KABUL — NATO said yesterday that it has significantly weakened the Taliban insurgency, capturing or killing thousands of militants in Afghanistan during the past three months.
It also said the Taliban failed in an attempt to carry out attacks against key government buildings over the weekend in the southern city of Kandahar, birthplace of the Taliban and the economic hub of southern Afghanistan.
NATO and its top commander, US General David Petraeus, have said that a surge of 30,000 troops last summer helped coalition forces take, and hold, areas of Afghanistan that were long dominated by the Taliban.
Brigadier General Christine Whitecross, NATO spokeswoman, said NATO’s winter operations had sapped the Taliban and that in the past 90 days, NATO carried out 1,400 operations and killed or captured 500 insurgent leaders and 2,700 lower-level insurgents.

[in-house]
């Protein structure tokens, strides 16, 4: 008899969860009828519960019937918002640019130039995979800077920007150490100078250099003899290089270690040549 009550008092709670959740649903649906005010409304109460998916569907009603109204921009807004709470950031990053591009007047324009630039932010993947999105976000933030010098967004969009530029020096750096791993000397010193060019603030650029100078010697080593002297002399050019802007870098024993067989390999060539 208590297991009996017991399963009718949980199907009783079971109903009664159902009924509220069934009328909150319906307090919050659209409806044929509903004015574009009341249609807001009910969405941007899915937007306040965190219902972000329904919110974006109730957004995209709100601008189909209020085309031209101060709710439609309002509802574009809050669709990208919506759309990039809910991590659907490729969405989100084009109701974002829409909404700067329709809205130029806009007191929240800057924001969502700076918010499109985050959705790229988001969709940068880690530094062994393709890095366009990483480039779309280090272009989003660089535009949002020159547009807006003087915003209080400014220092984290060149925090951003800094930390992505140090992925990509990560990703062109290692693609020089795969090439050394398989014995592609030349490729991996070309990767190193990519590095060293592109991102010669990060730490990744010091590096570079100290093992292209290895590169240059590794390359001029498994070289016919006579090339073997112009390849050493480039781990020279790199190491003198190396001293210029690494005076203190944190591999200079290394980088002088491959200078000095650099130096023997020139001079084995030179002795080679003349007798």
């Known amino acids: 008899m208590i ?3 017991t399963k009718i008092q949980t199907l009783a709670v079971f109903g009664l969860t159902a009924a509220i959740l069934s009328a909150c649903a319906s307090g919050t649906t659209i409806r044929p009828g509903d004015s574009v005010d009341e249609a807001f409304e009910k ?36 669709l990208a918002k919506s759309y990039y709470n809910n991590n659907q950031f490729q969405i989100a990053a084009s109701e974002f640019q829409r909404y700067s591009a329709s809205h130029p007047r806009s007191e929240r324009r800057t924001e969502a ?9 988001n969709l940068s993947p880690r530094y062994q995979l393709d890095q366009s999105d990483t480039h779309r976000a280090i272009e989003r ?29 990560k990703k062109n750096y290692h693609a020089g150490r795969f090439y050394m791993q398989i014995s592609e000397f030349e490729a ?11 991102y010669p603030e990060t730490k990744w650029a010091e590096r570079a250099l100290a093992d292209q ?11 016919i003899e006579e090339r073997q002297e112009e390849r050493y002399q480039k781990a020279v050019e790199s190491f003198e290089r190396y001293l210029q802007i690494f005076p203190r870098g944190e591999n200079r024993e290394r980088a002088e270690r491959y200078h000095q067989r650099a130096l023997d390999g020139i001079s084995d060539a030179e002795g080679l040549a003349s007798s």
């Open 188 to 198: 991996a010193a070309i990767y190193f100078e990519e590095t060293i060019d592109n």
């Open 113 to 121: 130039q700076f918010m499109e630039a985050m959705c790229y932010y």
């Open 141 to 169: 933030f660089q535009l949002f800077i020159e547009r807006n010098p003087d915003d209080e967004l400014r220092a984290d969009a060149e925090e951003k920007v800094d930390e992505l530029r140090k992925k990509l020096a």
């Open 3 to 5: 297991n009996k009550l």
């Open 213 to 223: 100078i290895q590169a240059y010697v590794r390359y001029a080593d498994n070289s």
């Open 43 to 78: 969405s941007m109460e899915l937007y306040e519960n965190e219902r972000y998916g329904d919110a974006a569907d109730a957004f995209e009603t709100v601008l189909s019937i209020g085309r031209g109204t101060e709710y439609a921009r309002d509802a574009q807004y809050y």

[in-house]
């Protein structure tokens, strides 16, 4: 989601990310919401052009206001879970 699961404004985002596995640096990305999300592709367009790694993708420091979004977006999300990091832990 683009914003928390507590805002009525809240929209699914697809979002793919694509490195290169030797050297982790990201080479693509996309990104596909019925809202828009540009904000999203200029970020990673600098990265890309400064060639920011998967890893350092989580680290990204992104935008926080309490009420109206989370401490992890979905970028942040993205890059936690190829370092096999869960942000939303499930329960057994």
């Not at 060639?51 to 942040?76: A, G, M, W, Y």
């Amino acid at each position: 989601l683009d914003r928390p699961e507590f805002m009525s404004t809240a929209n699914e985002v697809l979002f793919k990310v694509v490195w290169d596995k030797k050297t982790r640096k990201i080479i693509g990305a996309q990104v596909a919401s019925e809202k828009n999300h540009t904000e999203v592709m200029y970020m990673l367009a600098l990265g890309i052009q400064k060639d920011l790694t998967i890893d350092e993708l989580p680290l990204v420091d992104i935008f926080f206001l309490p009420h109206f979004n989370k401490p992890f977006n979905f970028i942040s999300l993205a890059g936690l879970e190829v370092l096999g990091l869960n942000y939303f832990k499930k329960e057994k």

She added that NATO also was “taking more weapons away from a weakened insurgency,’’ adding: “In fact, we have seized more weapons caches in the past six months than in the previous two years.’’
Still, a highly coordinated attack over the weekend raised new questions about the effectiveness of the yearlong campaign to secure Afghanistan’s south and Kandahar in particular.
Taliban fighters on Saturday attacked the governor’s office, the headquarters of the Afghan intelligence agency, a police headquarters, and other buildings. After two days of fighting, Afghan forces supported by the coalition killed or captured all the insurgents.
Afghan officials said at least 25 insurgents, two members of the Afghan security forces, and one civilian were killed. At least four were arrested, and 40 people were wounded. The final two insurgents were killed late Sunday making a last stand in the Kandahar Hotel.